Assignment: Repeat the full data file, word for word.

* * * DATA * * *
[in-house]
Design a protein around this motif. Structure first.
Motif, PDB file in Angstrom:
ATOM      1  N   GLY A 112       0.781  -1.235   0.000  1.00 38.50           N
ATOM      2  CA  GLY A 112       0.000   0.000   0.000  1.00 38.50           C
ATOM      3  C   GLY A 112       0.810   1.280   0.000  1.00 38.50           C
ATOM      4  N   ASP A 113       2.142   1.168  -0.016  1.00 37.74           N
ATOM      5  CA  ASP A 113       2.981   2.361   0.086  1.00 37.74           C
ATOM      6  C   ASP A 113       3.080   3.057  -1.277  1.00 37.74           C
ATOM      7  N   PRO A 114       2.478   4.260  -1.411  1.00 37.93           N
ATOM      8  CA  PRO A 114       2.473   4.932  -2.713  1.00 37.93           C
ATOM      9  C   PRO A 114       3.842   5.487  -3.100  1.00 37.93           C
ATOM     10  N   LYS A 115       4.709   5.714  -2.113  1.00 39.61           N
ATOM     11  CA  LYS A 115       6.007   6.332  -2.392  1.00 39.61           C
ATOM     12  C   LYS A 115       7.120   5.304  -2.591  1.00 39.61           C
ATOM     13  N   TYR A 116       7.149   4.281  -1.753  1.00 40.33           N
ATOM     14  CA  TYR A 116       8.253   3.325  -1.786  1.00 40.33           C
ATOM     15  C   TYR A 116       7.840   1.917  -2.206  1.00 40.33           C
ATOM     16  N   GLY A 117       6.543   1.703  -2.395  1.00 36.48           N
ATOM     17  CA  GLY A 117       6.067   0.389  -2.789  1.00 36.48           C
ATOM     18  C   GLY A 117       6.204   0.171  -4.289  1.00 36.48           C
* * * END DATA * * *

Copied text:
[in-house]
Design a protein around this motif. Structure first.
Motif, PDB file in Angstrom:
ATOM      1  N   GLY A 112       0.781  -1.235   0.000  1.00 38.50           N
ATOM      2  CA  GLY A 112       0.000   0.000   0.000  1.00 38.50           C
ATOM      3  C   GLY A 112       0.810   1.280   0.000  1.00 38.50           C
ATOM      4  N   ASP A 113       2.142   1.168  -0.016  1.00 37.74           N
ATOM      5  CA  ASP A 113       2.981   2.361   0.086  1.00 37.74           C
ATOM      6  C   ASP A 113       3.080   3.057  -1.277  1.00 37.74           C
ATOM      7  N   PRO A 114       2.478   4.260  -1.411  1.00 37.93           N
ATOM      8  CA  PRO A 114       2.473   4.932  -2.713  1.00 37.93           C
ATOM      9  C   PRO A 114       3.842   5.487  -3.100  1.00 37.93           C
ATOM     10  N   LYS A 115       4.709   5.714  -2.113  1.00 39.61           N
ATOM     11  CA  LYS A 115       6.007   6.332  -2.392  1.00 39.61           C
ATOM     12  C   LYS A 115       7.120   5.304  -2.591  1.00 39.61           C
ATOM     13  N   TYR A 116       7.149   4.281  -1.753  1.00 40.33           N
ATOM     14  CA  TYR A 116       8.253   3.325  -1.786  1.00 40.33           C
ATOM     15  C   TYR A 116       7.840   1.917  -2.206  1.00 40.33           C
ATOM     16  N   GLY A 117       6.543   1.703  -2.395  1.00 36.48           N
ATOM     17  CA  GLY A 117       6.067   0.389  -2.789  1.00 36.48           C
ATOM     18  C   GLY A 117       6.204   0.171  -4.289  1.00 36.48           C